As a gardener I have made my peace with spiders but I could never bring myself to intentionally touch one. While the spider plays an important role in the ecosystem and is part of the army of “good bugs,” it does not engender warm, cuddly feelings, as does the butterfly. However, its ephemeral web is a source of endless fascination, beauty, and metaphor. I must admit I have been enchanted with the yellow and black orb-weaver spider in my garden, perhaps because it spins a spiral shaped web.

In various Native American tribes, Spider Woman or Spider Grandmother is regarded as a benevolent being who guides and provides. She is also considered a supreme creatrix. In Hindu myth, the spider symbolizes the goddess Maya. Representing a divine creative force, she is a goddess of illusion, wisdom, and intuition. Spinning the web of fate, she is associated with magic and witchcraft. Likewise in Europe, a number of goddesses are associated with the magical craft of spinning and weaving. Both the spider web and weaving symbolize magic because from seemingly nothing, something is brought into existence.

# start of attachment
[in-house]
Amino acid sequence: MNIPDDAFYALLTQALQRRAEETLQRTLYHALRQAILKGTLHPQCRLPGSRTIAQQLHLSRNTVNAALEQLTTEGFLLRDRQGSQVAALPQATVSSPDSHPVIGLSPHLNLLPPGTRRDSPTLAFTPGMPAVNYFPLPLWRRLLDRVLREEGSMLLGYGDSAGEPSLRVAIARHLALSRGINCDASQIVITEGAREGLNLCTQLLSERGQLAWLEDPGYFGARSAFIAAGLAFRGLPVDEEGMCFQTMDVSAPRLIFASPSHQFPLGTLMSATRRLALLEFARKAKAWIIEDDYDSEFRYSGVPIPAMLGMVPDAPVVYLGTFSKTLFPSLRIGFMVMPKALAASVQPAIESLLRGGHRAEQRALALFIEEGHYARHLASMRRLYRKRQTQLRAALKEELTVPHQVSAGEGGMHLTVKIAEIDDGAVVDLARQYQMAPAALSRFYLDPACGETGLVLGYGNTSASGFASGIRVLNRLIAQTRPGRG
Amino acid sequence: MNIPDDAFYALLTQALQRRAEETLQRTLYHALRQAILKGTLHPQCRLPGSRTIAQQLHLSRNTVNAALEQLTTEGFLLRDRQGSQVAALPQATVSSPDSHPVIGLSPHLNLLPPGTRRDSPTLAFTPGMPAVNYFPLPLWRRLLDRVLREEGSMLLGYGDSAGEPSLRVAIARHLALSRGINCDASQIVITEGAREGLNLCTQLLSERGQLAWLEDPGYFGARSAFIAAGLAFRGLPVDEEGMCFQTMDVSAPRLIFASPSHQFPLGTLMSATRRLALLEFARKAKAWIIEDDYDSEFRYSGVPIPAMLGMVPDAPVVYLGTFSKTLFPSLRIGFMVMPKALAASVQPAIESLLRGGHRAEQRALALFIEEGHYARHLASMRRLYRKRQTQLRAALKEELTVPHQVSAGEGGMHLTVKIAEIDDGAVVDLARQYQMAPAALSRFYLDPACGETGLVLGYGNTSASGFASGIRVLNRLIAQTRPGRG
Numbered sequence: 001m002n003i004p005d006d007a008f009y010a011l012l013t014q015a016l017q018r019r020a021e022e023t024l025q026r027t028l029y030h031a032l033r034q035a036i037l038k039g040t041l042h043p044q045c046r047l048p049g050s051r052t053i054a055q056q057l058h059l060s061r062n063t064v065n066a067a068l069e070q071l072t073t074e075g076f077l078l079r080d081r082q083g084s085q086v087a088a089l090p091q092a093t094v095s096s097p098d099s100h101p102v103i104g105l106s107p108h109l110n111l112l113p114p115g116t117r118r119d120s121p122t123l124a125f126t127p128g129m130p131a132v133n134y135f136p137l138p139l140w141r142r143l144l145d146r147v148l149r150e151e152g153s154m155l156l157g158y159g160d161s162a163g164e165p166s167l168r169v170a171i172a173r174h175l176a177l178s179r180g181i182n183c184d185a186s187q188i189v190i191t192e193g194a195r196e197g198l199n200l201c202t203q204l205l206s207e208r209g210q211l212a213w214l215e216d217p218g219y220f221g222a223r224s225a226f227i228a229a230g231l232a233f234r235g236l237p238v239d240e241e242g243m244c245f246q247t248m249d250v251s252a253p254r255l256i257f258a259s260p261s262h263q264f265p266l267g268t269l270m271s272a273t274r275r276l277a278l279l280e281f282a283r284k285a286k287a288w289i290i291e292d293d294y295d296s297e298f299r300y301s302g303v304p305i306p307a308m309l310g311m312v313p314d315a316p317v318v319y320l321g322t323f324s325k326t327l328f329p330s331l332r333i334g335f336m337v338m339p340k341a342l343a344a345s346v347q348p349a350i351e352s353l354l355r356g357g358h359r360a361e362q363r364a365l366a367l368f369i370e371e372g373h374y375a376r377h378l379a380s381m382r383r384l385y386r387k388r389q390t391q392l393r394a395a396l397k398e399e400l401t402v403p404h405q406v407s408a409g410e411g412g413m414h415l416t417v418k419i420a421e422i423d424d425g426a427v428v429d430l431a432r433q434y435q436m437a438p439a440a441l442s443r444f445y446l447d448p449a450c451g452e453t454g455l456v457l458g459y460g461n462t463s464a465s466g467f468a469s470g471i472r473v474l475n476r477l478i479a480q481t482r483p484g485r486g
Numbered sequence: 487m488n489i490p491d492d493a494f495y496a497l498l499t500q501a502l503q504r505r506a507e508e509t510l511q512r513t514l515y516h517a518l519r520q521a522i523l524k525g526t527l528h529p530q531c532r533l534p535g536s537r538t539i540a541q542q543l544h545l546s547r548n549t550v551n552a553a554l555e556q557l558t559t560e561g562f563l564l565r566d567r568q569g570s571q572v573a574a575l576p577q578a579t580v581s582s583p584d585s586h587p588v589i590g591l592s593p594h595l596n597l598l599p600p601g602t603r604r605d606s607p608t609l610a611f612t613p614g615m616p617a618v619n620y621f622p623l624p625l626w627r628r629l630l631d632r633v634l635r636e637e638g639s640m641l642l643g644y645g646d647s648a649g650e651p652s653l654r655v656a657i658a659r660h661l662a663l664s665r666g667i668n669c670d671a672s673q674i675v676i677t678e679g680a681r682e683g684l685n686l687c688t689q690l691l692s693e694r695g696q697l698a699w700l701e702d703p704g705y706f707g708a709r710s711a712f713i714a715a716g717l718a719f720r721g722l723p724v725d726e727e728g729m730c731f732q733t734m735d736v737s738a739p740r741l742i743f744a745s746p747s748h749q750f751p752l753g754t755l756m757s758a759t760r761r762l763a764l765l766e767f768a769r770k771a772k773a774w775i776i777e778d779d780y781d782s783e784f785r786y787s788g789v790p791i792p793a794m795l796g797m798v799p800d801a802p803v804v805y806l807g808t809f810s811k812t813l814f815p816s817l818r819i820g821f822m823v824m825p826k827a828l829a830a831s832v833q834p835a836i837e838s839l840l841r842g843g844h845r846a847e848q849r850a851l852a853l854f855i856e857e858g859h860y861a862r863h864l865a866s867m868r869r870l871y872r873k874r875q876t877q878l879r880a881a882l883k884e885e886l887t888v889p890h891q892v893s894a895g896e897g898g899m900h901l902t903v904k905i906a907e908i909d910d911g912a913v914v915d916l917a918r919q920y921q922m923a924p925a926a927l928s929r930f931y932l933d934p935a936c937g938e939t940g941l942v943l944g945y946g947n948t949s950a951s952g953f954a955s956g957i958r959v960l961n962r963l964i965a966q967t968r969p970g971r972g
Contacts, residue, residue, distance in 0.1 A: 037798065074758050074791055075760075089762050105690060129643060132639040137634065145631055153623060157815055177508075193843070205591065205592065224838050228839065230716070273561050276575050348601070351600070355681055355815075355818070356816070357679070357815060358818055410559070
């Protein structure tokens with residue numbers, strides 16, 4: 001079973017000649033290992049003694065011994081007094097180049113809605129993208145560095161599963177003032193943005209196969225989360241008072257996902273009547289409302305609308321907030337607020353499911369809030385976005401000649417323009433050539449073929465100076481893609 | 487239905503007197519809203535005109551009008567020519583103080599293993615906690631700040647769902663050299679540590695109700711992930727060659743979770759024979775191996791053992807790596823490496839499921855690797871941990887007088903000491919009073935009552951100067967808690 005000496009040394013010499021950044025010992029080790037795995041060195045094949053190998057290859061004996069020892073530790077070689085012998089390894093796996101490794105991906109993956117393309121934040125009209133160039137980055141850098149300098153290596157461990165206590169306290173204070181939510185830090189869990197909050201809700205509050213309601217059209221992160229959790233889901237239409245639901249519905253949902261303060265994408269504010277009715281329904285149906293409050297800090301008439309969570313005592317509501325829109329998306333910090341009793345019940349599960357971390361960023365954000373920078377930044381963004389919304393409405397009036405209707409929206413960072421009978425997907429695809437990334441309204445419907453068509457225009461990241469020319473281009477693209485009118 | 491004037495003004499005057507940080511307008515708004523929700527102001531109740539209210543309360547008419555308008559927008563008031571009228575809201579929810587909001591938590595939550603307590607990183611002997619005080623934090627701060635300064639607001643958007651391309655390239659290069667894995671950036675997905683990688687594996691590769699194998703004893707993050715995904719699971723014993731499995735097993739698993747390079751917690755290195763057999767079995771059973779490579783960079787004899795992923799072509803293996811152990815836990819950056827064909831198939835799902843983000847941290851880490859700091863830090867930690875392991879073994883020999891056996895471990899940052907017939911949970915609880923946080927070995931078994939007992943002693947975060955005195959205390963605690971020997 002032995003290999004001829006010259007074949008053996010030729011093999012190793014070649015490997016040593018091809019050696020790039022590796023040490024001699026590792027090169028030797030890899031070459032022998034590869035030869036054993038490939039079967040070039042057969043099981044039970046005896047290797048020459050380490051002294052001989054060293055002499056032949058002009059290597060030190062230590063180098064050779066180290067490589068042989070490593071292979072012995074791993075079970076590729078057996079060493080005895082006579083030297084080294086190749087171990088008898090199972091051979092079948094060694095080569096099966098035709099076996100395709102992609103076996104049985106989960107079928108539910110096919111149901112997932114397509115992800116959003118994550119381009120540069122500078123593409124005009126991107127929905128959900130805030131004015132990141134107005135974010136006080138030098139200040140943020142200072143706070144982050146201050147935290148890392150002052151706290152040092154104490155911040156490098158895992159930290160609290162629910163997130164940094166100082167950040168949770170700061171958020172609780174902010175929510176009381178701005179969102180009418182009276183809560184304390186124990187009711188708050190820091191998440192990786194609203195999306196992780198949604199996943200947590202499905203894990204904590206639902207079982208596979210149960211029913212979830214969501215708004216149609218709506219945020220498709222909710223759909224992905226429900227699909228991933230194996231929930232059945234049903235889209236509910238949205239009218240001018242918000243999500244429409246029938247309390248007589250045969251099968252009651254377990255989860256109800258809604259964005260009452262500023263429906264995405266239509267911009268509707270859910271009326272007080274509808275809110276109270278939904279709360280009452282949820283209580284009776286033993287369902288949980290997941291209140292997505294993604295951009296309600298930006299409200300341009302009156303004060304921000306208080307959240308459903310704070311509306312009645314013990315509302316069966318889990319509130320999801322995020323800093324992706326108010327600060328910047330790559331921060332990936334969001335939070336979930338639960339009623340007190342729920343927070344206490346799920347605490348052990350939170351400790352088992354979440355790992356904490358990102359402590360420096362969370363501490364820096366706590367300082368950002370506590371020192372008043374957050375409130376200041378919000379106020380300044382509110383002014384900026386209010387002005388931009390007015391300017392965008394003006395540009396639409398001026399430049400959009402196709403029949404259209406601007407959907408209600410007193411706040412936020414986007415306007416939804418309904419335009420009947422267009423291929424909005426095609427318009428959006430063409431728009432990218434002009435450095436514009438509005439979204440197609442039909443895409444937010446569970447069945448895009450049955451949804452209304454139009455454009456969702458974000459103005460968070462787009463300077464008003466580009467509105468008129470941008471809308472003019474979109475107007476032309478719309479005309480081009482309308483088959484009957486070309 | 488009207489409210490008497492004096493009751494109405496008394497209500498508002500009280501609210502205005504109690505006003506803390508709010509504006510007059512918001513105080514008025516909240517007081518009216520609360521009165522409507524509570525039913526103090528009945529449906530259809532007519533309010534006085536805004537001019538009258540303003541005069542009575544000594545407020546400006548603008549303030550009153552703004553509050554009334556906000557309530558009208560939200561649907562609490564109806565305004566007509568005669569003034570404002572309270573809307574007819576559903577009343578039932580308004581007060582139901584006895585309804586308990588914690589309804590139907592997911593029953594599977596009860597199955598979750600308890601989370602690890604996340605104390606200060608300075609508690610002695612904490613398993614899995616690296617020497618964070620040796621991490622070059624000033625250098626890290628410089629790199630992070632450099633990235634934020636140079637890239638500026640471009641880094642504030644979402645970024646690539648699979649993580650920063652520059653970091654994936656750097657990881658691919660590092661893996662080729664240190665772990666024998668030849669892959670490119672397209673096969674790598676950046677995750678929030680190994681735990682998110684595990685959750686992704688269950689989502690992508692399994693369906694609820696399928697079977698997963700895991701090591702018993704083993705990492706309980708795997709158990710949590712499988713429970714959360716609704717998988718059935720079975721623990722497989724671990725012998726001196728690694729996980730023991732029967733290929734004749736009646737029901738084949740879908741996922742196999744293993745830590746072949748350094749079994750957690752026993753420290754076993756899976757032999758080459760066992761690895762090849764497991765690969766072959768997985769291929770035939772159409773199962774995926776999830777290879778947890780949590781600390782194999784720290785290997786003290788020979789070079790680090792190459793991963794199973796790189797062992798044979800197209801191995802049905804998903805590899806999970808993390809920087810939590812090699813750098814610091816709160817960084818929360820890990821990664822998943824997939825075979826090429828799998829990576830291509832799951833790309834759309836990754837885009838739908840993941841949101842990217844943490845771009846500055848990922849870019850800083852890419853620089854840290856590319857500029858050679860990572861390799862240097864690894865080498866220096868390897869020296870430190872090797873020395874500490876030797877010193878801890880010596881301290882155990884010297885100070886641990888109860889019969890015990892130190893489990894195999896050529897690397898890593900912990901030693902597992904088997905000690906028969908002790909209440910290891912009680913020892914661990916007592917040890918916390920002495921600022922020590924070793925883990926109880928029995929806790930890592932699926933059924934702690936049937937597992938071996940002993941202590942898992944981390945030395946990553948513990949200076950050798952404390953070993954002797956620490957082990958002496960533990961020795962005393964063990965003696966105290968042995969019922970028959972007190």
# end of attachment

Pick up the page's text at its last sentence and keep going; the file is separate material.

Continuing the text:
As for magic, don’t worry you don’t need to handle spiders in order to use them for magic or ritual. Symbolism, energy, intention, and visualization provide the means to call on their power and influence. We can visualize the energy we send out as a web of magic that weaves together our ideas and their manifested outcomes. We can call on the energy of the spider to fire up and support our creativity and to develop the skills we need to express it. The spider also helps us in creating or renewing connections and communicating with other people. It can help us recognize opportunities and have the patience to wait and work on desired goals. Known for its aggressiveness, the spider can teach us how and when to employ assertive power that is guided by wisdom.